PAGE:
NFL Alumni team with CDC in effort to combat COVID-19

The NFL Alumni Association (NFLA) has partnered with the Centers for Disease Control and Prevention (CDC) for an initiative to spread awareness of efforts to combat COVID-19 and fight vaccine skepticism.

NFL legends Warren Moon, Franco Harris and Rod Woodson are among a group of former NFL players that have joined the NFLA in their effort to promote COVID-19 prevention measures. They posted videos online about the importance of COVID prevention and some players will work with local health departments to spread awareness of vaccination efforts. The effort is being led by NFL Alumni Health, an initiative to support the health of NFL players and the public at large.

Janet Marchibroda, an adviser for NFL Alumni Health, explained to State of Reform that the partnership between NFLA and the CDC came together quickly in the weeks before Super Bowl LV.

“Our mission is around caring for our own, caring for kids and caring for the community. We wanted to do our part with COVID,” Marchibroda said. “We reached out [to the CDC] and they were thrilled. We saw, just as other Americans and companies have stepped forward to do their part, an opportunity to step forward and they took us up on it.”

Marchibroda said that she hopes the videos will “move the needle a little bit”, though players from NFLA’s 39 chapters teaming up with local health officials can really make a difference in combatting the pandemic.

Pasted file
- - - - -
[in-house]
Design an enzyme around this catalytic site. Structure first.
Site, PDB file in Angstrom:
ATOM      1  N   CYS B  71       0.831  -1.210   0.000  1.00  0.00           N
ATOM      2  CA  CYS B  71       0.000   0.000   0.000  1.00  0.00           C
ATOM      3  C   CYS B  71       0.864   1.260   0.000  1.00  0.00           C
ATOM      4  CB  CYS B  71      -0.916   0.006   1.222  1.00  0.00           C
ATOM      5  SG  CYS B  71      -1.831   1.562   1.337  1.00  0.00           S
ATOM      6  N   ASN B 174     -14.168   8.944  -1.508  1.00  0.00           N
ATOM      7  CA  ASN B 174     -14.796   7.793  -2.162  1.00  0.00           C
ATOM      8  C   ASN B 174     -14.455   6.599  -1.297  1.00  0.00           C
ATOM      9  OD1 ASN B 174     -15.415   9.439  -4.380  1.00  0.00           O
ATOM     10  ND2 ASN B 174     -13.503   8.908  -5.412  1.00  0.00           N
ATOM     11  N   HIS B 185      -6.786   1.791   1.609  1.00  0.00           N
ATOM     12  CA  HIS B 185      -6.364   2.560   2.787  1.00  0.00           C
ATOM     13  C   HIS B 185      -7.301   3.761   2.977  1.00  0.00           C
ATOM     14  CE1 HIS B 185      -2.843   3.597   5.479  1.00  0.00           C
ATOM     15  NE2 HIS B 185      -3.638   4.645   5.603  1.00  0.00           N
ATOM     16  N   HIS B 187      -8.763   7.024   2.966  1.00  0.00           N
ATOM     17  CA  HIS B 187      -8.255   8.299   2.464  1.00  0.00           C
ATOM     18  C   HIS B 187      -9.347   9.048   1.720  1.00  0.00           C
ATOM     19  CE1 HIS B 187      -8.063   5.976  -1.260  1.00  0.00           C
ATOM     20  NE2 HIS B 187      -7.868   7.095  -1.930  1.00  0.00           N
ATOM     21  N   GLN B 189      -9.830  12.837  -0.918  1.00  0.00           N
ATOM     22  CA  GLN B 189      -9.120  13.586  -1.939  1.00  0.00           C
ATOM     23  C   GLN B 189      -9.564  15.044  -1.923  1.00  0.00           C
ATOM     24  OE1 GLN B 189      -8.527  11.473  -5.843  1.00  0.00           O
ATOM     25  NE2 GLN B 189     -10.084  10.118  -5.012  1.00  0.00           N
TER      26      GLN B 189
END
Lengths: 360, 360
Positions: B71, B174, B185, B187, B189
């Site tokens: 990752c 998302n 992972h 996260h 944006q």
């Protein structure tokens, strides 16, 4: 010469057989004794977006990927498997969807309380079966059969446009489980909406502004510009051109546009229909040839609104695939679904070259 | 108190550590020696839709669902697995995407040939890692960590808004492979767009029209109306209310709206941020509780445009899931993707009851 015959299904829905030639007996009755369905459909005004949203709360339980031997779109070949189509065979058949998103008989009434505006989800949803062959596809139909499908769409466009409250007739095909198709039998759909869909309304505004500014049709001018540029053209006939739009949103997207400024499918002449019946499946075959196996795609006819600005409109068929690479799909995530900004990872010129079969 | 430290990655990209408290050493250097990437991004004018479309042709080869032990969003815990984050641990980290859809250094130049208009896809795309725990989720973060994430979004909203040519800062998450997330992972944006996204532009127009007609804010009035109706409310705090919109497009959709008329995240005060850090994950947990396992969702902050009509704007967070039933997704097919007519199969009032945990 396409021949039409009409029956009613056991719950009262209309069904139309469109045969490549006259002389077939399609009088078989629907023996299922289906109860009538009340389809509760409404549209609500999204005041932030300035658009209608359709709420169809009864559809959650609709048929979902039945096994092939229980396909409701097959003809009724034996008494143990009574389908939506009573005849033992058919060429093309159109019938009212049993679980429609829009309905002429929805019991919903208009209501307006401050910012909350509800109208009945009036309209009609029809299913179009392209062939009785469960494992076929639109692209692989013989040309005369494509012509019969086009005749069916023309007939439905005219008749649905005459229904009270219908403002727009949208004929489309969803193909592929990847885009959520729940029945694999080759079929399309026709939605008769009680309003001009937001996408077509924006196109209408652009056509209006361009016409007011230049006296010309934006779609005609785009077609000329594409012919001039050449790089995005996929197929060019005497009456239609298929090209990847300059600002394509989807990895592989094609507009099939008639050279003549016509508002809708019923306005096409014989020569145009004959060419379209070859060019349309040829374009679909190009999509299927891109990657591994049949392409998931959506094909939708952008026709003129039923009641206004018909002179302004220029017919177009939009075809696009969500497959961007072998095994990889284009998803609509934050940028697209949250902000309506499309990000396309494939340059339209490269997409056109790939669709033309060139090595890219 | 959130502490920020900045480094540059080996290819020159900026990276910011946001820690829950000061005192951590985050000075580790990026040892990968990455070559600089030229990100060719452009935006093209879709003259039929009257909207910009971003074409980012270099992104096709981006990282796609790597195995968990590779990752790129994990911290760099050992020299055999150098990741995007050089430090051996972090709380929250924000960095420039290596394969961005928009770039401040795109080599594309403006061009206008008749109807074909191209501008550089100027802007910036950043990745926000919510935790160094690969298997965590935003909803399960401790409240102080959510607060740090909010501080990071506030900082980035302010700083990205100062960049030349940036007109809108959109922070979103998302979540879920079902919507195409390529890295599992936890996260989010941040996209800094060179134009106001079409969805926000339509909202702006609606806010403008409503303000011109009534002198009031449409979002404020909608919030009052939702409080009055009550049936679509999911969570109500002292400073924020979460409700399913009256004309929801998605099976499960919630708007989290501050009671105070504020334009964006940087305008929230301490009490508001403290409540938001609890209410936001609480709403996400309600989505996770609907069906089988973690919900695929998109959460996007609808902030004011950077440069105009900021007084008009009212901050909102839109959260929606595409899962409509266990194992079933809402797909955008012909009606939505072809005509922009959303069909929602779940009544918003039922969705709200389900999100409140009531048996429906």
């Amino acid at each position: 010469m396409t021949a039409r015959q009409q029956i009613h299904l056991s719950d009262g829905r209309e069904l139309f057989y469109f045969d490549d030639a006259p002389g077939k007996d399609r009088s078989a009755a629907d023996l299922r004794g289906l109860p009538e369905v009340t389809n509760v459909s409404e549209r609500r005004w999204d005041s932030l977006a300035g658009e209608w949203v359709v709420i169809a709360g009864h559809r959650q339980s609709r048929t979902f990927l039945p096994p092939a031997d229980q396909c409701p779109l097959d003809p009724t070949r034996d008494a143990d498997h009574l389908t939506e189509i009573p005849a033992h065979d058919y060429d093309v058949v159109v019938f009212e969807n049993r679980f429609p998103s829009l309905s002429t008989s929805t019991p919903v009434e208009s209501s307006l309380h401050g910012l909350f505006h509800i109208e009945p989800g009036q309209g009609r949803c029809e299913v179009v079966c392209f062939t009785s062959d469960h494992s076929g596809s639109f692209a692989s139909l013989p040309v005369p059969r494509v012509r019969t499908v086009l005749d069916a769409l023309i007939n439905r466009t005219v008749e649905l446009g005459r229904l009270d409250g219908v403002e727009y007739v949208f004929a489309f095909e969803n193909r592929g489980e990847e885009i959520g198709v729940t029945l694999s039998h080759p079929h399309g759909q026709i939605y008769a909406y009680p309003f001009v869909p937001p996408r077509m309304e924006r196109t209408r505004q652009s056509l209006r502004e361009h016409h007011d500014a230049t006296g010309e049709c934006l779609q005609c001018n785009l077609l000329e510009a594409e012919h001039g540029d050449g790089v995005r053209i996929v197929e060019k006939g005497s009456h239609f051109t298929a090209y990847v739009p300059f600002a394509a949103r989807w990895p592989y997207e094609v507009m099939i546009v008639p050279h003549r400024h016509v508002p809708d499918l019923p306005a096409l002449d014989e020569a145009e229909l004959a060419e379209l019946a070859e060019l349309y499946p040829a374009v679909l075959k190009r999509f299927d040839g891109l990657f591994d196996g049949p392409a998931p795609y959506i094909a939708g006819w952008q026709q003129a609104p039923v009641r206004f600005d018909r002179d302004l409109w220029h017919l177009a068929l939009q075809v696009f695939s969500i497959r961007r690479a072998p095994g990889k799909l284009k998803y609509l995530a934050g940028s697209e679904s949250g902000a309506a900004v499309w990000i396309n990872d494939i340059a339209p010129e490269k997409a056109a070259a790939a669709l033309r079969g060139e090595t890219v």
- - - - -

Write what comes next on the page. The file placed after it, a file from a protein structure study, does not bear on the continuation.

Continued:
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Kyle Richardson, a former Super Bowl champion with the Baltimore Ravens who serves as Co-Director of Healthcare Initiatives for the NFL Alumni Association, believes that these efforts can help raise awareness is usually underserved communities:

“The thought is [when joining the NFLA] that you can help build the community and better the community. There’s ways we can do that with our own muscle and strength and also just from the brand recognition.

We want to help in certain disadvantaged areas. Obviously our membership from the football days is predominantly African-American. So, we are going to be a part of a campaign [to help the community] and it will be nationwide.”

Vaccine skepticism in Black communities has been an issue for health officials as the COVID-19 vaccine rollout gets underway in the U.S. Only 5% of Americans who have received the vaccine so far are Black, less than half of the 12% share they make of the nation’s total population. While some of the disparity comes from inequities in health care, some Black Americans have mistrust of the U.S. medical system after high profile examples of the government intentionally mistreating them.

This is not the only effort to combat COVID-19 to come from the sports world. All 30 NFL stadiums will be used as vaccine distribution sites now that the season is over. The Los Angeles Dodgers’ stadium is one of the largest vaccine distribution sites in the country. The New York Yankees, New York Mets and Michigan Wolverines are also among teams to open their stadium as vaccine distribution sites during the offseason.

The next steps of the NFLA’s plans include buying television ads to promote safety measures to combat COVID-19. This is a similar effort to the NBA, who has leveraged the star power of their alumni to promote the safety of the COVID-19 vaccine in television ads